However, when Supervisor Matt Rexroad asked for data, Mr. Reisig indicated that he is collecting it, but he did not share any. Given the gravity of his claims, it would have been helpful if he had been able and willing to present even a few months’ worth of data to back it up.

Instead, Mr. Reisig focused on how police are handling meth arrests, suggesting that they are being given tickets, the judges are referring them to probation and arguing that there are no resources for treatment.

However, Yolo County has some options that the DA has reportedly refused to take. One possibility is to divert Prop. 47 defendants into treatment at the Yolo County Day Reporting Center. The DRC was opened in February 2013 and it provides vocational training, life skills which are designed to teach offenders the skills they need to find a job.

One of the programs they have includes drug and alcohol treatments.

The district attorney complained that they do not have services available and yet has reportedly refused this as an option, for reasons that are not immediately clear.

Supervisor Provenza stated that most people in his estimate assumed that there would be jail time still for the misdemeanors. However, our assumption was the Prop. 47 would begin to shift the way we handle low-level drug offenses from a punishment to a treatment-based approach.

While we sympathize that there is a lag time between the implementation of Prop. 47 in December 2014 to the availability of new monies to the counties in January 2016, there are still service options available that the DA has simply refused to consider.

The bottom line is that Prop. 47 is not going to go away anytime soon. The DA is right about the need to get creative. From our observation in the courtroom, their creativity has been on the punishment side, trying to stretch some possession cases into possession for sales – that’s not going to work very well.

We should utilize our resources to go to a more restorative and treatment-based approach. It is ironic that, in the same talk where he trumpeted the success of his Neighborhood Court Program, he failed to recognize the potential for extending that program to cover Prop. 47 cases.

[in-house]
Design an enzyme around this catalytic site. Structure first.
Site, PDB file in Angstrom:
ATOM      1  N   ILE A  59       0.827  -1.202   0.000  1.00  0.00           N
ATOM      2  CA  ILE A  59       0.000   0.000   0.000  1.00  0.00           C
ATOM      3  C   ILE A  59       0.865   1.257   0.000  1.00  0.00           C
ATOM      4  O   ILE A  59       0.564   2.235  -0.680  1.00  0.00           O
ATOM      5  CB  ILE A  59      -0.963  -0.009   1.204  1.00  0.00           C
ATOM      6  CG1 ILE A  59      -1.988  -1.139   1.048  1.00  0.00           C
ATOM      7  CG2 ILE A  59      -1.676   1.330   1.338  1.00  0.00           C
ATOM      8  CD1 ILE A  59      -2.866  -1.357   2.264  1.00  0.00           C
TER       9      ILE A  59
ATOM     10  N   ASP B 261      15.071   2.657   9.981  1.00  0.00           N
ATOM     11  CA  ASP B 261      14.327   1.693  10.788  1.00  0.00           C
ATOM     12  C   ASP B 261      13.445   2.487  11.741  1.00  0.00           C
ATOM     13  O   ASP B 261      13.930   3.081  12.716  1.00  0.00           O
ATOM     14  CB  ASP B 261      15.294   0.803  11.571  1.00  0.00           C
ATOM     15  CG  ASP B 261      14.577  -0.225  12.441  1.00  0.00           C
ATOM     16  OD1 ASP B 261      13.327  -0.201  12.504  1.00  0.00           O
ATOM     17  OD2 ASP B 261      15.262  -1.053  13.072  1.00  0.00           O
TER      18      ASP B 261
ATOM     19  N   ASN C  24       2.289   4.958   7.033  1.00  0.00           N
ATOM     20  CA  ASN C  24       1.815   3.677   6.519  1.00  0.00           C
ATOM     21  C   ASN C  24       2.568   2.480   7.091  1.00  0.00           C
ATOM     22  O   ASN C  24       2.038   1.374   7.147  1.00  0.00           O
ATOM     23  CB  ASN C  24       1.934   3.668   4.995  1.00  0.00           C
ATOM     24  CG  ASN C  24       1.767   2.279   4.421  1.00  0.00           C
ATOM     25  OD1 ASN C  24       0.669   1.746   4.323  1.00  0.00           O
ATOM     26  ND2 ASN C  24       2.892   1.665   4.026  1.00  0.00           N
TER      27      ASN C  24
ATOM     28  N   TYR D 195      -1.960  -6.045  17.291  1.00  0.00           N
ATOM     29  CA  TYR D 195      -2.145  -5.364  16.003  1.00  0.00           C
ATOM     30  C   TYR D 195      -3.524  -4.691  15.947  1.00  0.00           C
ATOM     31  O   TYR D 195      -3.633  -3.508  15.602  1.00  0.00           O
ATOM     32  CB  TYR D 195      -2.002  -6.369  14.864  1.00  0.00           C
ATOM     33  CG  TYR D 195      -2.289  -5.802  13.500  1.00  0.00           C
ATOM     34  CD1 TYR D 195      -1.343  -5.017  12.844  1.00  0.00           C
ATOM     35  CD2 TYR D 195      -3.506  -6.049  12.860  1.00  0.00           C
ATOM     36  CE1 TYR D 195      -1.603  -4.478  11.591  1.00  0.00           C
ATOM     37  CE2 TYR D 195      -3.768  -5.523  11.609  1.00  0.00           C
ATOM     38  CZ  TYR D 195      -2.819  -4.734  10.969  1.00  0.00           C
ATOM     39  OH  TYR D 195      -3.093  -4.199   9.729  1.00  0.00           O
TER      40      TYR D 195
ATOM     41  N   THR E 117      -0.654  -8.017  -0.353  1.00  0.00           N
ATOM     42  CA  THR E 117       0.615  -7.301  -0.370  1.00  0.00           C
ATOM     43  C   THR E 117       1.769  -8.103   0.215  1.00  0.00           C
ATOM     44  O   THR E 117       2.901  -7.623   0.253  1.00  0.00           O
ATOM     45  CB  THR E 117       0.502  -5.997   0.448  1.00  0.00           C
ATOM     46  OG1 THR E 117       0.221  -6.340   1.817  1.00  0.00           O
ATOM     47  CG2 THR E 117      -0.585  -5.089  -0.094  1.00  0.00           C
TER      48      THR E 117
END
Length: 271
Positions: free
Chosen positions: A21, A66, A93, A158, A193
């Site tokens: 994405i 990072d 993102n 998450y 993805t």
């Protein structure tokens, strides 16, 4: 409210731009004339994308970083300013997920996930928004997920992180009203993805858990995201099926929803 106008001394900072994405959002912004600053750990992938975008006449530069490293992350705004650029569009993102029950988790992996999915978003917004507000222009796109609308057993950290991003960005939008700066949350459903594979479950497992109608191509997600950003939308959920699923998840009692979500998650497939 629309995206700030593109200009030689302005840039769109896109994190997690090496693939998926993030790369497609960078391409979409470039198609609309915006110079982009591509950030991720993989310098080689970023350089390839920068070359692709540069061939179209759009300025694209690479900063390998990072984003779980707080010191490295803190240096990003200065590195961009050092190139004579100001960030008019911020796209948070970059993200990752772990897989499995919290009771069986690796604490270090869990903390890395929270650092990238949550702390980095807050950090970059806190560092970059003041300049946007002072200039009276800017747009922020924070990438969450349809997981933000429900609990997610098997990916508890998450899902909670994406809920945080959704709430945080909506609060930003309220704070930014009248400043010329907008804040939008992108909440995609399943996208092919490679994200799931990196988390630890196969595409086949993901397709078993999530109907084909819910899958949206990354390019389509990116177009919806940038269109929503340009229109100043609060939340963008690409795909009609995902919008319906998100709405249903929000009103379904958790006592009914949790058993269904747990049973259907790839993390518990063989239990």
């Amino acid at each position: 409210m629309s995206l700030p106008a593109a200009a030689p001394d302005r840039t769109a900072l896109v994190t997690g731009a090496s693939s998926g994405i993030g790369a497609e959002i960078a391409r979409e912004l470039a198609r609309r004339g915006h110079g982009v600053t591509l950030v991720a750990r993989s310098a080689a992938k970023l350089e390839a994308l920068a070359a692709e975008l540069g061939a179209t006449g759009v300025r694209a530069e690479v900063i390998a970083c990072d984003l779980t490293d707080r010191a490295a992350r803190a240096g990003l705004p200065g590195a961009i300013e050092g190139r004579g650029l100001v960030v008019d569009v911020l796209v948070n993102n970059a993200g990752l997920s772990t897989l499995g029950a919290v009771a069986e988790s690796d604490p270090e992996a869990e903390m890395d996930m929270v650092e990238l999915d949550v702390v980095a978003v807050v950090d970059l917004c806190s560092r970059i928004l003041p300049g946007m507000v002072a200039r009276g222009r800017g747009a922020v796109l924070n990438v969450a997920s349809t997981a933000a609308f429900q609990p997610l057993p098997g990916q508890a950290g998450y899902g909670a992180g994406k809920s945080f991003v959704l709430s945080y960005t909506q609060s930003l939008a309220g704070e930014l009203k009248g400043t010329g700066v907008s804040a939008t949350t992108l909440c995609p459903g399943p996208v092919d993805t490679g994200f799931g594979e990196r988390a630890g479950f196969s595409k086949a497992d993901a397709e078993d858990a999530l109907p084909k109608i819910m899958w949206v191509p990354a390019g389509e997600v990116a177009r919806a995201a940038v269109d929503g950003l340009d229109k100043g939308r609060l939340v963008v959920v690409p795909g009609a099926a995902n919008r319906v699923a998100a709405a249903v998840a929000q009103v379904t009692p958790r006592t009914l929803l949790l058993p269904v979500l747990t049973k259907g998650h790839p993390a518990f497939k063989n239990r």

—David M. Greenwald reporting

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About The Author

David Greenwald is the founder, editor, and executive director of the Davis Vanguard. He founded the Vanguard in 2006. David Greenwald moved to Davis in 1996 to attend Graduate School at UC Davis in Political Science. He lives in South Davis with his wife Cecilia Escamilla Greenwald and three children.

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17 thoughts on “Eye on the Courts: Yolo DA Already Complaining About Prop. 47 Impact on Crime Rate”

  1. Frankly

    We should utilize our resources to go to a more restorative and treatment based approach. It is ironic that in the same talk where he trumpeted the success of his Neighborhood Court Program that he failed to recognize the potential for extending that program to cover Prop 47 cases.

    The long-term social narrative seems to swing back and forth between concern about crime to concern about how we are dealing with criminals.

    By its nature, a restorative process is reactionary.  It happens after the crime has taken place and after the criminal is apprehended.  It relies on the effectiveness of law enforcement to identify and capture the suspect, and then the court system to charge and convict.  But in the traditional criminal law system prior to Prop 47, a higher percentage of these lower-level repeat criminals would be locked up and unable to commit the next crime.   The reason that the advocates for this softer approach have any traction these days is because previous demands for tougher crime prevention have largely been successful.  We feel safe enough to hold a bit more empathy for the criminal.   But this isn’t going to last if the softer restorative process contributes to greater crime.  The pendulum will swing back again with a rise in crime rates because every victim of a crime becomes an advocate for tougher crime prevention… which includes tougher penalties for criminals.